Zino Davidoff was born in what is considered present-day Ukraine in 1906. Attempting to flee the tumultuous political climate of the then-Russian Empire, Davidoff’s parents and siblings found themselves in Geneva by 1911, opening their first tobacco shop in 1912. He later spent time in Latin America as a young adult, educating himself on the tobacco trade, and eventually took over his parents’ shop in Switzerland, growing it into a lucrative business by the end of World War II. Fast-forward to 2016, and the Davidoff (Basel, Switzerland) brand is a household name among tobacco and cigar enthusiasts worldwide.
Experiencing a boom of sorts recently, the retailer opened seven U.S. stores in 2016 alone. One of its most recent locations is a flagship and lounge experience, Davidoff of Geneva, in New York’s Brookfield Place, the shopping center situated near One World Trade Center in the Battery Park City neighborhood.
Upon entering the 2000-square-foot space, guests can browse the retailer’s collection of accessories, like cigar cutters and lighters, but the main draw is the walk-in humidor, which is visible from outside the store, slightly resembling a shop-in-shop at first glance. There, shoppers can purchase fine cigars and are invited to proceed into the bespoke lounge, which offers views of the Financial District. Private lockers can also be leased to customers to store their purchases for later use in the VIP-style area.
When it comes to the shopping journey, store associates allow customers to browse or help those new to cigars by guiding them through the cigar selection, cutting and lighting processes. Shoppers may be asked about their favorite flavor profiles and beverages they enjoy, among other preferences, to tailor each customer’s purchase.
“[Our staff] is happy to share tips, favorite pairings and suggestions,” says Luis Torres, director of retail, USA, Davidoff. “They are on hand to welcome and assist all guests, from the seasoned aficionado to the novice, and even the non-smoker who is shopping for a unique gift.”
Collaborating with Paris-based design agency Stories and Steve Blatz, Architect (which managed the site’s construction), the designers faced some smoke ventilation issues when installing the humidor. But the most complicated feat, according to Gaetan Mansard, director global retail design, Davidoff, was crafting part of the store’s glowing exterior façade made up of orange onyx stones imported from Italy. “Each piece has been chosen individually to reflect the corporate … orange Pantone [color]. The stones are extremely heavy with a backlit system – a real difficulty for the engineering team,” he says.
Another issue was the shape of the interior, which was awkwardly compartmented. Turning this into a positive, the store was designed like an apartment, lending a “cozy-but-modern look and feel,” says Mansard.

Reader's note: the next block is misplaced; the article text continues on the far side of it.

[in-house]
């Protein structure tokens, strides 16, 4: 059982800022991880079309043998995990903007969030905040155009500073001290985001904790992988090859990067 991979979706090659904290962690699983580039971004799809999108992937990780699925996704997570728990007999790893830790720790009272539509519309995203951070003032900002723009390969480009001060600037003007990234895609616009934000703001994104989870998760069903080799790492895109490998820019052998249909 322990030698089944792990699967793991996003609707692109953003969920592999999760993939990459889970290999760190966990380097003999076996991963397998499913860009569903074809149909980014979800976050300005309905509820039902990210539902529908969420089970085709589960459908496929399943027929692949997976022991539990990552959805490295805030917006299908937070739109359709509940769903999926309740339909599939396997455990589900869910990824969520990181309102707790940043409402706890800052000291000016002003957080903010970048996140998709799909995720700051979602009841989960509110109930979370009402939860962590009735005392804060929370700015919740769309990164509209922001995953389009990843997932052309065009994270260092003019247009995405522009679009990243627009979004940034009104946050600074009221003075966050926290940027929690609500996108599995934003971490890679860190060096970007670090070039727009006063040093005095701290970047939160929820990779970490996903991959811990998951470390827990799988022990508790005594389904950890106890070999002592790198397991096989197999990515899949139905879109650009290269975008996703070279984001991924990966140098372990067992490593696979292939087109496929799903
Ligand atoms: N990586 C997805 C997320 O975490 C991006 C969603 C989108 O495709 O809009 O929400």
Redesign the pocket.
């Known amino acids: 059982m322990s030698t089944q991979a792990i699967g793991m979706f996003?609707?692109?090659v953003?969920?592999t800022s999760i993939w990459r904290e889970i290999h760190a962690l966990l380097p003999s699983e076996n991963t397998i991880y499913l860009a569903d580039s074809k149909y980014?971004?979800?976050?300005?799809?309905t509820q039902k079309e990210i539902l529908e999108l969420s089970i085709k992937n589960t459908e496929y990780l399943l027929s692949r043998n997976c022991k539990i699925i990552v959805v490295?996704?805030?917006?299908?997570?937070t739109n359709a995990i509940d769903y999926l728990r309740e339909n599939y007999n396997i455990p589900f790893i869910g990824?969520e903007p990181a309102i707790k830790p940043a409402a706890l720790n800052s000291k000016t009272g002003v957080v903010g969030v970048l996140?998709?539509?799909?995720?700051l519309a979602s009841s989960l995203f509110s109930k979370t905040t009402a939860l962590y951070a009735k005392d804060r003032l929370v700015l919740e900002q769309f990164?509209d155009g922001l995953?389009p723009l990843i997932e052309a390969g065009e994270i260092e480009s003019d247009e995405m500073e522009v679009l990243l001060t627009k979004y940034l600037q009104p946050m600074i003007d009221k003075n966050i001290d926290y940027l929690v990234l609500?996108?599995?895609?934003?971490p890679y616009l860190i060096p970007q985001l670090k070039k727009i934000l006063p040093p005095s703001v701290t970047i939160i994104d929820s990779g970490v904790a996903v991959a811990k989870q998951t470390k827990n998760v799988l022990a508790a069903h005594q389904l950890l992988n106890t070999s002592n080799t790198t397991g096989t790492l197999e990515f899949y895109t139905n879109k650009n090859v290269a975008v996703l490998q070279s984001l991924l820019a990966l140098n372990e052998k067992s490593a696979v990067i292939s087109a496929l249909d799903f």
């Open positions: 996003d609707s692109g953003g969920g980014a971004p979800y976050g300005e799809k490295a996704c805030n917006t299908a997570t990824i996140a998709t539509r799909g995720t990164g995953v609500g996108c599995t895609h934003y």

An eye-catching moment in store is a grouping of dried tobacco leaves, visible from the humidor’s interior, a reference to Davidoff’s main product offering, meant to resemble what you might find on a typical tobacco plantation, specifically in a drying barn.
“The tobacco leaf is the most important element in our products,” says Mansard, explaining that it highlights the brand’s “crop-to-shop” philosophy. “Playing with all senses was our objective: touch, sight, but most of all, smell. The smell of the tobacco leaf is unique and almost impossible to reproduce in a perfume.”
Continuing the celebration of the tobacco leaf, a bespoke rice paper-based installation, titled “The Harvest,” is prominently displayed in the lounge, created by Dominican artist Pascal Meccariello, who took part in the company’s Davidoff Art Initiative. (He also helped create the undulating leaf pattern seen on the lounge’s bronze mirrors.) Because much of the company’s production is based in the Dominican Republic, the initiative strives to “give back” by bringing wider visibility to the culture and art of the Caribbean region.
A chandelier centerpiece in the lounge conveys a similar style, intended to resemble the country’s native tropical flowers. The rest of the lounge features a classic but approachable feeling with whimsical graphics paired with a masculine ambience. Set apart from the hustle and bustle of the city outside, this area exudes exclusivity.
“The key to success in these kinds of projects is careful preparation,” Mansard says. “Our mission is to surprise and delight our customers by providing unrivalled brand and retail experiences. After [our customers’] initial visit, they all come back.”
Davidoff, Basel, Switzerland
Oettinger Davidoff AG, Basel, Switzerland
Steve Blatz, Architect, New York
Shawmut Design and Construction, Boston
Poltrona Frau, Tolentino, Italy
Walter Knoll, Herrenberg, Germany
Ontwepduo, Eindhoven, The Netherlands
Photography: Nikolas Koenig, New York